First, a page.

Cell bound

My first mobile phone was the size of a shoebox, with a traditional handset complete with cord. Because it was cumbersome, not to mention expensive to use, I saved it for emergencies like roadside breakdowns and calling ahead for pizza.

My, how things have changed. Today’s cell phones slip easily into a jeans pocket and we can gab for hundreds of minutes each month without breaking the bank.

And therein lies the problem, respondents to a recent University of Michigan study say. Too many people use those anytime minutes while cruising down the road, leading to inattentive driving that many believe endangers other motorists. Nearly two-thirds of survey respondents say states should pass laws banning cell phone use while driving, even though 69 percent are themselves cell phone users.

It’s easy to agree with those respondents. We’ve all cursed in frustration when a motorist, obliviously talking on a cell phone, cut us off or forced us to slam on the brakes. Then there are numerous studies showing that cell phone distraction – even when using hands-free systems – causes thousands of deaths and injuries each year. Some scientists even claim that chatty motorists drive worse than a drunk driver blowing 0.08.

But there’s also research from Harvard’s Center for Risk Analysis that says the possibility of death from cell phone use is rather small, approximately 13 per million drivers. Not to mention the fact that banning cell phone use while driving is just one more government intrusion into our private lives. What’s next, a law against listening to talk radio?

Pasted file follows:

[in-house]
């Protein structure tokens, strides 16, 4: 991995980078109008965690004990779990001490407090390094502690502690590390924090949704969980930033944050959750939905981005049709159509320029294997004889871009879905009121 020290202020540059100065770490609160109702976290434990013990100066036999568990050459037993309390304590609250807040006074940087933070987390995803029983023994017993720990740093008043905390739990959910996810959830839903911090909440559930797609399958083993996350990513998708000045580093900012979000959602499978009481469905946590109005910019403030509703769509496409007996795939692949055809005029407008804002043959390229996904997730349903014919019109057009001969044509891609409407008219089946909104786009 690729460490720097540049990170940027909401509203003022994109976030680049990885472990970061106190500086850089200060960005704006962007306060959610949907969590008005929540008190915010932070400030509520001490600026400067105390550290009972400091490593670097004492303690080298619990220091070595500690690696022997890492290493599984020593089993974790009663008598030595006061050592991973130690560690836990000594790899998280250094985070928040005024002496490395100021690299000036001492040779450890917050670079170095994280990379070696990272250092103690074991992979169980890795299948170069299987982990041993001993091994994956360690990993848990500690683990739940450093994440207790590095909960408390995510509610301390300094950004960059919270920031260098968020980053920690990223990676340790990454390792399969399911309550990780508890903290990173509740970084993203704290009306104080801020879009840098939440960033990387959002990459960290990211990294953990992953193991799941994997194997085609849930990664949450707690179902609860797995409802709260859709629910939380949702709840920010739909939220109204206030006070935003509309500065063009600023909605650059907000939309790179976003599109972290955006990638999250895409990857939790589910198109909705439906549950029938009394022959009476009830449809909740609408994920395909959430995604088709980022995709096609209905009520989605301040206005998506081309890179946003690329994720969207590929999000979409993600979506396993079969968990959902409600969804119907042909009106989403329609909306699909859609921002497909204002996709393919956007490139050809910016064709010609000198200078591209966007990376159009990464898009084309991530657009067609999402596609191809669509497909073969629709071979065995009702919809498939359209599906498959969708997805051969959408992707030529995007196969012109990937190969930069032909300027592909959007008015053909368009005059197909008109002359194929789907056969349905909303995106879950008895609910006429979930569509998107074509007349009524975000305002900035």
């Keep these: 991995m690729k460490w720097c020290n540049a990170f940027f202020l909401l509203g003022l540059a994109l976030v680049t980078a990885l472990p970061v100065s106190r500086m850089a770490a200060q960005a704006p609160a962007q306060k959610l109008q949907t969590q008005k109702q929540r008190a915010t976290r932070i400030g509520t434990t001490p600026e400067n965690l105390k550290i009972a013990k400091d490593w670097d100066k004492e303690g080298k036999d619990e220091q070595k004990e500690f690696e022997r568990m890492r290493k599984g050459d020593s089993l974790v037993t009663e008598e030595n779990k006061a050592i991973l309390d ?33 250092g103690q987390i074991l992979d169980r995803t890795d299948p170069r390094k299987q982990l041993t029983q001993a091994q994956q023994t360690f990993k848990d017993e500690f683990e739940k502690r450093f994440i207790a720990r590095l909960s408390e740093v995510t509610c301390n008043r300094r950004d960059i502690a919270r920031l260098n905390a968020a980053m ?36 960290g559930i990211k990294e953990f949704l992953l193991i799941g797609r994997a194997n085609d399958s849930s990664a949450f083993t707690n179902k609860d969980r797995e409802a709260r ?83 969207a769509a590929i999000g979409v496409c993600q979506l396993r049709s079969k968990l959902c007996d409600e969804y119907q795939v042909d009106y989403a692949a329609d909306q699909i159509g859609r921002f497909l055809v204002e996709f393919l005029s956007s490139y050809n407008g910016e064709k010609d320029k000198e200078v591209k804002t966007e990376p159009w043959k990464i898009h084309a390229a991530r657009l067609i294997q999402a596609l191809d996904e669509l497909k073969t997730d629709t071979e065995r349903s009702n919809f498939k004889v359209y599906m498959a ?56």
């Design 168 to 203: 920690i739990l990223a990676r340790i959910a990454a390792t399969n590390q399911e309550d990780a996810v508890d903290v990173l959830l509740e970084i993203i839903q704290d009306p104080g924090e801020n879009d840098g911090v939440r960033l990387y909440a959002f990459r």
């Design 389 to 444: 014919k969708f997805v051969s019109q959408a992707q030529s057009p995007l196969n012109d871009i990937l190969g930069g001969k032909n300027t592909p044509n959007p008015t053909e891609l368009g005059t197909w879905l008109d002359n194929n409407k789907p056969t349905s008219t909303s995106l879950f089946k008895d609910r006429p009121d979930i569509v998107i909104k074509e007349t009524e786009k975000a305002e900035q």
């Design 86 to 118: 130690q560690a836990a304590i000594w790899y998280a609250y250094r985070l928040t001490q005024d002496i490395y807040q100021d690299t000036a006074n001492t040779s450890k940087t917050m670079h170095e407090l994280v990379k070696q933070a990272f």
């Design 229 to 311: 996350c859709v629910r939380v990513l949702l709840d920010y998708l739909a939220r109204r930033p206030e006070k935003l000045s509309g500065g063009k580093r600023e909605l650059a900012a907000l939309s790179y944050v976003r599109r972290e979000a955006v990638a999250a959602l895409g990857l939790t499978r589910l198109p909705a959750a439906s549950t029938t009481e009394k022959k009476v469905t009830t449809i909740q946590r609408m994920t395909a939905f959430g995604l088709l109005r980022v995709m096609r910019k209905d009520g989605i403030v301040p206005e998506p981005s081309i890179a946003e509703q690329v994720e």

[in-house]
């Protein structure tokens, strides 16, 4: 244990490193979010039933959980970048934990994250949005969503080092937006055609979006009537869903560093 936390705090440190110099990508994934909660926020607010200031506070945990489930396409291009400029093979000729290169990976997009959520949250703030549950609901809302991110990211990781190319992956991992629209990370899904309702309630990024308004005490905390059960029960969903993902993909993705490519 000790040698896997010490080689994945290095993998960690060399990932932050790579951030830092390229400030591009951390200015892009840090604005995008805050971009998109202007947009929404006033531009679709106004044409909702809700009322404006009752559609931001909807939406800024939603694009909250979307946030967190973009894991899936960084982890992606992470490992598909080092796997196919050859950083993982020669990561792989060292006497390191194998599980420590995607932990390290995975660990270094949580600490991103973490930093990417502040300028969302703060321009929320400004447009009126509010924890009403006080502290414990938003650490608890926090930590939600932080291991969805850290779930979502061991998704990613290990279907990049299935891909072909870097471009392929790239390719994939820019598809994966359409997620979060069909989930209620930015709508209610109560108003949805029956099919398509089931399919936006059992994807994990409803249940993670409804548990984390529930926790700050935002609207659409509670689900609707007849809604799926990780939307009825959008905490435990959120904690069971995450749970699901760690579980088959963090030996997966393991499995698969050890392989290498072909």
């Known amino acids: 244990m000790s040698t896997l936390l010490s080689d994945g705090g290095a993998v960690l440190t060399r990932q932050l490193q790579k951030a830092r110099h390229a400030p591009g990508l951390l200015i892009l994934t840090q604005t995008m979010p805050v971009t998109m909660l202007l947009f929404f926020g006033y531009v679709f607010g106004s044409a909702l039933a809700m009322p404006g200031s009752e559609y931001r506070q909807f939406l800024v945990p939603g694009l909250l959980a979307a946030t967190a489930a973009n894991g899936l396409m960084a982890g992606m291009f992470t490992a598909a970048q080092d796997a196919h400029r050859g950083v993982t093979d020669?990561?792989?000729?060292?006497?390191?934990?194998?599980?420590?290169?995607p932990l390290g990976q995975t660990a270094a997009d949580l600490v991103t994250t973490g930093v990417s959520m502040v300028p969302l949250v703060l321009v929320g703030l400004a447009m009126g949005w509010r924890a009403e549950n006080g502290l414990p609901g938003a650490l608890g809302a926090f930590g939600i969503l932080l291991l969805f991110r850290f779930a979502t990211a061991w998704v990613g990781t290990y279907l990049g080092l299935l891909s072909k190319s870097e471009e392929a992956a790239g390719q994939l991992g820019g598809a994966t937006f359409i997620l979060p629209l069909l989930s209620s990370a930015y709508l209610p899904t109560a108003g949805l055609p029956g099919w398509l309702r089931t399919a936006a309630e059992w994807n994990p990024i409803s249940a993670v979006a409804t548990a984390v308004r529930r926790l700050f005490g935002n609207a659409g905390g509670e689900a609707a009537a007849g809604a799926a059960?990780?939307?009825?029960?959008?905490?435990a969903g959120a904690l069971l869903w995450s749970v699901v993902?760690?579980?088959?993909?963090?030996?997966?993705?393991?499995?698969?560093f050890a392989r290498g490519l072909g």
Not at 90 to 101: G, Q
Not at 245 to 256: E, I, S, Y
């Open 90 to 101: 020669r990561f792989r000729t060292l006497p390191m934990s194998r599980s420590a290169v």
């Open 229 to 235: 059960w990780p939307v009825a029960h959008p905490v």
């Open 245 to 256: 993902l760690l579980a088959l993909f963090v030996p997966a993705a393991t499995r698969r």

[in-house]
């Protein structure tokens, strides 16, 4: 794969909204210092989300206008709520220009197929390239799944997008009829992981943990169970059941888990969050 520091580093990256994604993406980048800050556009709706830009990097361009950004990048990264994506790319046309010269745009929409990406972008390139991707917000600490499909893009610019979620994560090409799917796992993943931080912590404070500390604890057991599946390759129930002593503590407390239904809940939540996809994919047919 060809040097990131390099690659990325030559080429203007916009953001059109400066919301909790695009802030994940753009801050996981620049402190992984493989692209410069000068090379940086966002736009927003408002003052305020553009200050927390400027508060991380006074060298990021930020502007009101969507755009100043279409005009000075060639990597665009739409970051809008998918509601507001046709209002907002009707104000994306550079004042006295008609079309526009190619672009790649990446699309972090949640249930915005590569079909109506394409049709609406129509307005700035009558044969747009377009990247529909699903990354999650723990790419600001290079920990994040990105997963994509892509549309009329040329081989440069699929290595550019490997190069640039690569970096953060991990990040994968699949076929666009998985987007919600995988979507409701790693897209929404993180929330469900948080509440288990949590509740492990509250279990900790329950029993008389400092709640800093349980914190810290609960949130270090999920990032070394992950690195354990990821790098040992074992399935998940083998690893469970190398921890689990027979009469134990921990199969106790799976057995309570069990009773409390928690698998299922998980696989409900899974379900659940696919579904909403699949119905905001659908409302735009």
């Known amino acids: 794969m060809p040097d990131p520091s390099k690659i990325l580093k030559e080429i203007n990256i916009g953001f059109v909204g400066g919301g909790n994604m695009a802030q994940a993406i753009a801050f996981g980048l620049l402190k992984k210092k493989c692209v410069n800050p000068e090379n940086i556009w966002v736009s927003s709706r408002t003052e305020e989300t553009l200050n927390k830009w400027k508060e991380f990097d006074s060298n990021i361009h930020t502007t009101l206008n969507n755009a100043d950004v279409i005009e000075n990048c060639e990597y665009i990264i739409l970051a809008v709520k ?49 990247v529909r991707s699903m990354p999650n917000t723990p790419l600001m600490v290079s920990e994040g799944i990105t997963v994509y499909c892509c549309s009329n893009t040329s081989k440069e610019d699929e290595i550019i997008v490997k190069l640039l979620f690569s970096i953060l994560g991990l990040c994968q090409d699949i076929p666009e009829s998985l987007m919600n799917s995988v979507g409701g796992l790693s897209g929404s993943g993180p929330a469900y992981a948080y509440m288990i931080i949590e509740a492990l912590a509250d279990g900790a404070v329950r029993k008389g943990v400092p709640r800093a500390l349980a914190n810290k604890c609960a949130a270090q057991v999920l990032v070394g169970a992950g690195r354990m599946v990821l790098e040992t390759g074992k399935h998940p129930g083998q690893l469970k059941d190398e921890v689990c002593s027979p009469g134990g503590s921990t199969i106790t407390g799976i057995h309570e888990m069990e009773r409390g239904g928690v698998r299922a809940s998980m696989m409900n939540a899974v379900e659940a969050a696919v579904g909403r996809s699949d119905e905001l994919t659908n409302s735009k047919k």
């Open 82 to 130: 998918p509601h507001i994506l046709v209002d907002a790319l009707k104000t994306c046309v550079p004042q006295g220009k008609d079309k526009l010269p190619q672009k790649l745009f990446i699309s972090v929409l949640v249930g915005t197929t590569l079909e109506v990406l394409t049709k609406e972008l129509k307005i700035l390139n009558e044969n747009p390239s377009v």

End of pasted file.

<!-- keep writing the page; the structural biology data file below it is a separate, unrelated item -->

But perhaps the most compelling reason not to pass more laws limiting cell phone use is that all states already have reckless driving laws. Presumably the bad driving behavior exhibited by cell phone users would qualify for a reckless driving citation, so why add more laws to the books? Why not just enforce the laws already in place, especially when the penalties are so much greater? The maximum fine for using a cell phone while driving in New York, for example, is $100. A reckless driving citation in Nevada might bring up to a $5,000 fine and a 12-month prison sentence.

For years, truckers have competently multi-tasked behind the wheel – talking on the CB, tuning the radio, sipping coffee – while maintaining enviable safety records. Arguably all of these activities are distractions that could impact driving ability, but it would be insanity to regulate them all. If truckers or four-wheelers allow any distraction – cell phones, onboard computers, talkative passengers – to cause them to drive unsafely, the solution is to enforce existing laws, not create new ones.

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